I opened that issue with this quote from Leonard Bernstein, dating from the days of the Vietnam War:
This will be our response to violence: to make music more intensely, more beautifully, more devotedly than ever before.
Bedazzled by the Baroque
Visiting older organs in Europe, I have been amazed by the level of decoration. During my career as an organbuilder, I have made windchests, keyboards, tower crowns, curved stop jams, impost moldings, all the many components that make up an organ, but every part of every organ I have worked on was made using power tools. Whether I was using a big stationary machine like a table saw or thickness planer or an electric hand tool like a sabre saw, router, or simply a screwdriver, it is still hard work to build an organ. When I stand near a monumental organ built in an earlier time, I think of the incredible labor and dedication it took to mill logs into lumber by human power, to make flat and smooth panels, and to build the elaborate moldings on an impost or tower crown. And as if that was not enough effort, so many of those organs are festooned with statues of lions and angels blowing trumpets, adding to what is necessary to hold up the organ, all for the sake of beauty.
Johann Georg Fux completed the organ for the Fürstenfeld Kloster in Fürstenfeldbruck, Germany, in 1736. Its thirty-five-foot-tall case is a riot of statues, gilded pipe shades, and moldings. Case panels at keyboard level are painted as faux marble. The organ’s thrilling sounds provide a huge dynamic range and variety of tone color. The instrument is placed in a second balcony thirty feet or more above the floor of the nave. It took superhuman effort just to get all that material up there. But if all that was not enough, Fux created a nameboard above the top keyboard with a marquetry pun on his name (German for fox) showing a fox stalking a goose. It must have taken him a week or more to create that image using a knife to shape pieces of wood. I marvel at the dedication to beauty behind an instrument like that.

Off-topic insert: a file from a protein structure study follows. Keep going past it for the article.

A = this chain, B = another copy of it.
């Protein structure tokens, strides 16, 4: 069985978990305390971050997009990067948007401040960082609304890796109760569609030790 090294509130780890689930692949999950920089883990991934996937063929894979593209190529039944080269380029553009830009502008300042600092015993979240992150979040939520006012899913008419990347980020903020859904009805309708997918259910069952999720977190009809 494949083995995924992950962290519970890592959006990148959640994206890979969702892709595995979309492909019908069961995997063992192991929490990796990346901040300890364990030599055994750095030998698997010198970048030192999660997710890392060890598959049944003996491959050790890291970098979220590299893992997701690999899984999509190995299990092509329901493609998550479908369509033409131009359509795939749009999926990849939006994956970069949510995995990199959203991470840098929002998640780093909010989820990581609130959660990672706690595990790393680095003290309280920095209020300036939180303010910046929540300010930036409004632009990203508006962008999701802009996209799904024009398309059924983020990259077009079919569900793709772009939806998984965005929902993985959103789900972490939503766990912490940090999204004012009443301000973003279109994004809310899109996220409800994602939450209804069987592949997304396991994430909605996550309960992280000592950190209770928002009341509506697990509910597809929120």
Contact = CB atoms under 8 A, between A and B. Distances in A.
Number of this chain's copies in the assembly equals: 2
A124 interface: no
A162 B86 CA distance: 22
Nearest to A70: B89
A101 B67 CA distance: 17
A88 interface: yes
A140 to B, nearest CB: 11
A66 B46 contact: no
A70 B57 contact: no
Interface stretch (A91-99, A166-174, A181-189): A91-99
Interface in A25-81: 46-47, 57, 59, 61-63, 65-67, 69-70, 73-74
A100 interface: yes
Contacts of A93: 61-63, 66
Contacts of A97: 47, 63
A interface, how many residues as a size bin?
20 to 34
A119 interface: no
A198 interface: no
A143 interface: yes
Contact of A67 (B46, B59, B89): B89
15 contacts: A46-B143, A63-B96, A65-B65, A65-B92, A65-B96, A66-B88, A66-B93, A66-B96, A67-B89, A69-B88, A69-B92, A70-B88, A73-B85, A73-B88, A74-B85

It is fitting that the organ should be so elaborate because it is placed in a high-Baroque masterpiece of a building with explosions of carved, gilded, and painted beauty everywhere you look. Side altars sport carved spiral columns, shaped like the DNA helix. The pulpit bears a dozen carved images depicting biblical scenes, and the vaulted ceilings are covered with frescos. No effort was spared to pack the place with beauty. Christoph Hauser, organist of the Klosterkirche, has a deep appreciation for the majesty of the place, and his improvisations fill the building with the exuberant voice of the organ.
I attended Mass there in autumn 2019, and after the congregants left, Christoph showed me highlights of the building, demonstrated the organ, and allowed me to open case panels so I could admire the work of our ancestors in the craft. Dozens, perhaps hundreds of workers poured their hearts and souls into the creation of that magical place and that awe-inspiring organ. All this happened forty years before the American Revolutionary War, when American architecture was mostly limited to wood frame structures with little or no decoration.